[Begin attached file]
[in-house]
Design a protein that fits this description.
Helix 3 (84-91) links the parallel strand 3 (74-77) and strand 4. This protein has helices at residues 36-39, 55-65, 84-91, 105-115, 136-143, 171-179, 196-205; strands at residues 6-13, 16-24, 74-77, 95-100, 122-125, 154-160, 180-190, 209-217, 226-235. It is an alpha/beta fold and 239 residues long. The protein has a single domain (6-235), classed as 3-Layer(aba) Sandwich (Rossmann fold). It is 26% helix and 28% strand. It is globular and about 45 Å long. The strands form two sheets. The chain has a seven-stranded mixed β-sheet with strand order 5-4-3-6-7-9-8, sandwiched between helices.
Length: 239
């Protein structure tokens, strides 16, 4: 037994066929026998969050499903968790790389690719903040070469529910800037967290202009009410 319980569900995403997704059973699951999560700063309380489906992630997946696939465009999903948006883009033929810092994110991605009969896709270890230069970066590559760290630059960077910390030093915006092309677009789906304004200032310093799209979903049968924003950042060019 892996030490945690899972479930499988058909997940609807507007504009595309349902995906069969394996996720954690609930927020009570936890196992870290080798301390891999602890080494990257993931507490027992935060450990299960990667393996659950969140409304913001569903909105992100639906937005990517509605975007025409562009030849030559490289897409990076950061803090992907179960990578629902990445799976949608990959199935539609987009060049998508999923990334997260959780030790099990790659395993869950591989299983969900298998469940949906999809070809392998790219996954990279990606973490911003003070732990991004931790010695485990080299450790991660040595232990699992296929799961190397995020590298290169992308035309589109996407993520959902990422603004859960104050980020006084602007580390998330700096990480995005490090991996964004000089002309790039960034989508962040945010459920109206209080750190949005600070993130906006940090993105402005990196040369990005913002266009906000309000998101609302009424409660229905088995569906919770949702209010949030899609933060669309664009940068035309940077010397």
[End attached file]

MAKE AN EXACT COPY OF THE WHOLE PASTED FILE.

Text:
[in-house]
Design a protein that fits this description.
Helix 3 (84-91) links the parallel strand 3 (74-77) and strand 4. This protein has helices at residues 36-39, 55-65, 84-91, 105-115, 136-143, 171-179, 196-205; strands at residues 6-13, 16-24, 74-77, 95-100, 122-125, 154-160, 180-190, 209-217, 226-235. It is an alpha/beta fold and 239 residues long. The protein has a single domain (6-235), classed as 3-Layer(aba) Sandwich (Rossmann fold). It is 26% helix and 28% strand. It is globular and about 45 Å long. The strands form two sheets. The chain has a seven-stranded mixed β-sheet with strand order 5-4-3-6-7-9-8, sandwiched between helices.
Length: 239
């Protein structure tokens, strides 16, 4: 037994066929026998969050499903968790790389690719903040070469529910800037967290202009009410 319980569900995403997704059973699951999560700063309380489906992630997946696939465009999903948006883009033929810092994110991605009969896709270890230069970066590559760290630059960077910390030093915006092309677009789906304004200032310093799209979903049968924003950042060019 892996030490945690899972479930499988058909997940609807507007504009595309349902995906069969394996996720954690609930927020009570936890196992870290080798301390891999602890080494990257993931507490027992935060450990299960990667393996659950969140409304913001569903909105992100639906937005990517509605975007025409562009030849030559490289897409990076950061803090992907179960990578629902990445799976949608990959199935539609987009060049998508999923990334997260959780030790099990790659395993869950591989299983969900298998469940949906999809070809392998790219996954990279990606973490911003003070732990991004931790010695485990080299450790991660040595232990699992296929799961190397995020590298290169992308035309589109996407993520959902990422603004859960104050980020006084602007580390998330700096990480995005490090991996964004000089002309790039960034989508962040945010459920109206209080750190949005600070993130906006940090993105402005990196040369990005913002266009906000309000998101609302009424409660229905088995569906919770949702209010949030899609933060669309664009940068035309940077010397």